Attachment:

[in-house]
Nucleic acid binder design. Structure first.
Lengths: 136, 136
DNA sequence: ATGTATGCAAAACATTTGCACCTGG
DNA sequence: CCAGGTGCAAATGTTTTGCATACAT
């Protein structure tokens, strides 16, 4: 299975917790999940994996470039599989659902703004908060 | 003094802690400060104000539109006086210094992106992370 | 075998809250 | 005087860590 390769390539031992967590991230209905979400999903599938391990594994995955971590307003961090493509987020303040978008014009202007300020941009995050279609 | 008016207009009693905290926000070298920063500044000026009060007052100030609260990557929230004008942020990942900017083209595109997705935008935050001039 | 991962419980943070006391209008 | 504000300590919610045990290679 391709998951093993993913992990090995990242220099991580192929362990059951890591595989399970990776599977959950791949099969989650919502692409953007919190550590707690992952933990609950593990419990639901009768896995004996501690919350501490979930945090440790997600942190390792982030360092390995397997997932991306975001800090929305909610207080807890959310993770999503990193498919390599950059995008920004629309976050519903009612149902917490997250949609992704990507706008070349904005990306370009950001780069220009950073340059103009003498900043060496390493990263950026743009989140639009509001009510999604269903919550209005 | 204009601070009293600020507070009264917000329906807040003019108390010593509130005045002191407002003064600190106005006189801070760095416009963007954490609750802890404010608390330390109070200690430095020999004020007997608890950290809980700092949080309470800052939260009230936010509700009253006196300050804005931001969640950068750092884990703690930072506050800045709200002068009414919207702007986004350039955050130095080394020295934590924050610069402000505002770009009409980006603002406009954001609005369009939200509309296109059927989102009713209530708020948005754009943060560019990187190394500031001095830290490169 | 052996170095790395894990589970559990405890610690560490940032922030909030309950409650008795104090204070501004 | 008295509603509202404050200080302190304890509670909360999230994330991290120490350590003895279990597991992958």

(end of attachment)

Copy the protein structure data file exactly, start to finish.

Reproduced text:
[in-house]
Nucleic acid binder design. Structure first.
Lengths: 136, 136
DNA sequence: ATGTATGCAAAACATTTGCACCTGG
DNA sequence: CCAGGTGCAAATGTTTTGCATACAT
């Protein structure tokens, strides 16, 4: 299975917790999940994996470039599989659902703004908060 | 003094802690400060104000539109006086210094992106992370 | 075998809250 | 005087860590 390769390539031992967590991230209905979400999903599938391990594994995955971590307003961090493509987020303040978008014009202007300020941009995050279609 | 008016207009009693905290926000070298920063500044000026009060007052100030609260990557929230004008942020990942900017083209595109997705935008935050001039 | 991962419980943070006391209008 | 504000300590919610045990290679 391709998951093993993913992990090995990242220099991580192929362990059951890591595989399970990776599977959950791949099969989650919502692409953007919190550590707690992952933990609950593990419990639901009768896995004996501690919350501490979930945090440790997600942190390792982030360092390995397997997932991306975001800090929305909610207080807890959310993770999503990193498919390599950059995008920004629309976050519903009612149902917490997250949609992704990507706008070349904005990306370009950001780069220009950073340059103009003498900043060496390493990263950026743009989140639009509001009510999604269903919550209005 | 204009601070009293600020507070009264917000329906807040003019108390010593509130005045002191407002003064600190106005006189801070760095416009963007954490609750802890404010608390330390109070200690430095020999004020007997608890950290809980700092949080309470800052939260009230936010509700009253006196300050804005931001969640950068750092884990703690930072506050800045709200002068009414919207702007986004350039955050130095080394020295934590924050610069402000505002770009009409980006603002406009954001609005369009939200509309296109059927989102009713209530708020948005754009943060560019990187190394500031001095830290490169 | 052996170095790395894990589970559990405890610690560490940032922030909030309950409650008795104090204070501004 | 008295509603509202404050200080302190304890509670909360999230994330991290120490350590003895279990597991992958």